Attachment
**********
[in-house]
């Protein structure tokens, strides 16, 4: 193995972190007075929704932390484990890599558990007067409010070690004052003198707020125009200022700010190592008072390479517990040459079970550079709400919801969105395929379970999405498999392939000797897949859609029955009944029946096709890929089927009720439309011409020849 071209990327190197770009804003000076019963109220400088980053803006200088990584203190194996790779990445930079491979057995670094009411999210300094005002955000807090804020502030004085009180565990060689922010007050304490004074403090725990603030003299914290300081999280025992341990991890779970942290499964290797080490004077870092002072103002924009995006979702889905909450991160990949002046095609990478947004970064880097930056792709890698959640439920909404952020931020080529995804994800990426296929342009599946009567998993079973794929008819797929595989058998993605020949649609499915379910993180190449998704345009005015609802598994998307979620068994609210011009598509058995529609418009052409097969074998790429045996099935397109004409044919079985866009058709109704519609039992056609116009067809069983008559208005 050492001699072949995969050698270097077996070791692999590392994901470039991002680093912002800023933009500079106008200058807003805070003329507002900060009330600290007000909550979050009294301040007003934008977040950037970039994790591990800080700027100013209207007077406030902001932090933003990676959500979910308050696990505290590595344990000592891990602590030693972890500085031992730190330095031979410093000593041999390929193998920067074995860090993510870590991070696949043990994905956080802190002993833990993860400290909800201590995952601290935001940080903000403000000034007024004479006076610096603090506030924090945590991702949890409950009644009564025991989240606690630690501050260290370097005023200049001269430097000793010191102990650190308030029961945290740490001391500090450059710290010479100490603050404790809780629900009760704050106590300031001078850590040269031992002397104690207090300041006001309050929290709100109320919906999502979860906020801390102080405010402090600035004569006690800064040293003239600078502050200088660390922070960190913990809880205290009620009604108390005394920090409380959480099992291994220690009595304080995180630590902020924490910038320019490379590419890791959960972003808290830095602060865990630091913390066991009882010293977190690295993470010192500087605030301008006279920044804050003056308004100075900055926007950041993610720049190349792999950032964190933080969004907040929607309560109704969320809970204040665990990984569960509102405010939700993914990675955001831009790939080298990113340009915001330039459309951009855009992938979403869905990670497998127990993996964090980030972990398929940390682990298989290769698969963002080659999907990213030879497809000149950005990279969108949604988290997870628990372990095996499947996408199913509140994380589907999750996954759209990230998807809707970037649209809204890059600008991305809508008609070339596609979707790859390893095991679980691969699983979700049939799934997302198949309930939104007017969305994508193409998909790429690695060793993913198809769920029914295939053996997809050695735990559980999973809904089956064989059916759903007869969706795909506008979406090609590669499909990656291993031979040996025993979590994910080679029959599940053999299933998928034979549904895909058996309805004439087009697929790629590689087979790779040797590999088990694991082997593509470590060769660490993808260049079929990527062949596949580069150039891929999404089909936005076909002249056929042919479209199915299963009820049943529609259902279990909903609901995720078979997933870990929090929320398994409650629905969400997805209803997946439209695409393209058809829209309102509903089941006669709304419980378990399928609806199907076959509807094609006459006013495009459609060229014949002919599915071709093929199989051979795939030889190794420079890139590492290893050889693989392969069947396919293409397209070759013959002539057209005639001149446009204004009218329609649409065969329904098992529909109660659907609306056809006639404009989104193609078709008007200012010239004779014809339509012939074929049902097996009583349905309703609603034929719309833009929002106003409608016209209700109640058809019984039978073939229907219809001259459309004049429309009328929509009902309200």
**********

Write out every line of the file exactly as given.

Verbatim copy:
[in-house]
């Protein structure tokens, strides 16, 4: 193995972190007075929704932390484990890599558990007067409010070690004052003198707020125009200022700010190592008072390479517990040459079970550079709400919801969105395929379970999405498999392939000797897949859609029955009944029946096709890929089927009720439309011409020849 071209990327190197770009804003000076019963109220400088980053803006200088990584203190194996790779990445930079491979057995670094009411999210300094005002955000807090804020502030004085009180565990060689922010007050304490004074403090725990603030003299914290300081999280025992341990991890779970942290499964290797080490004077870092002072103002924009995006979702889905909450991160990949002046095609990478947004970064880097930056792709890698959640439920909404952020931020080529995804994800990426296929342009599946009567998993079973794929008819797929595989058998993605020949649609499915379910993180190449998704345009005015609802598994998307979620068994609210011009598509058995529609418009052409097969074998790429045996099935397109004409044919079985866009058709109704519609039992056609116009067809069983008559208005 050492001699072949995969050698270097077996070791692999590392994901470039991002680093912002800023933009500079106008200058807003805070003329507002900060009330600290007000909550979050009294301040007003934008977040950037970039994790591990800080700027100013209207007077406030902001932090933003990676959500979910308050696990505290590595344990000592891990602590030693972890500085031992730190330095031979410093000593041999390929193998920067074995860090993510870590991070696949043990994905956080802190002993833990993860400290909800201590995952601290935001940080903000403000000034007024004479006076610096603090506030924090945590991702949890409950009644009564025991989240606690630690501050260290370097005023200049001269430097000793010191102990650190308030029961945290740490001391500090450059710290010479100490603050404790809780629900009760704050106590300031001078850590040269031992002397104690207090300041006001309050929290709100109320919906999502979860906020801390102080405010402090600035004569006690800064040293003239600078502050200088660390922070960190913990809880205290009620009604108390005394920090409380959480099992291994220690009595304080995180630590902020924490910038320019490379590419890791959960972003808290830095602060865990630091913390066991009882010293977190690295993470010192500087605030301008006279920044804050003056308004100075900055926007950041993610720049190349792999950032964190933080969004907040929607309560109704969320809970204040665990990984569960509102405010939700993914990675955001831009790939080298990113340009915001330039459309951009855009992938979403869905990670497998127990993996964090980030972990398929940390682990298989290769698969963002080659999907990213030879497809000149950005990279969108949604988290997870628990372990095996499947996408199913509140994380589907999750996954759209990230998807809707970037649209809204890059600008991305809508008609070339596609979707790859390893095991679980691969699983979700049939799934997302198949309930939104007017969305994508193409998909790429690695060793993913198809769920029914295939053996997809050695735990559980999973809904089956064989059916759903007869969706795909506008979406090609590669499909990656291993031979040996025993979590994910080679029959599940053999299933998928034979549904895909058996309805004439087009697929790629590689087979790779040797590999088990694991082997593509470590060769660490993808260049079929990527062949596949580069150039891929999404089909936005076909002249056929042919479209199915299963009820049943529609259902279990909903609901995720078979997933870990929090929320398994409650629905969400997805209803997946439209695409393209058809829209309102509903089941006669709304419980378990399928609806199907076959509807094609006459006013495009459609060229014949002919599915071709093929199989051979795939030889190794420079890139590492290893050889693989392969069947396919293409397209070759013959002539057209005639001149446009204004009218329609649409065969329904098992529909109660659907609306056809006639404009989104193609078709008007200012010239004779014809339509012939074929049902097996009583349905309703609603034929719309833009929002106003409608016209209700109640058809019984039978073939229907219809001259459309004049429309009328929509009902309200």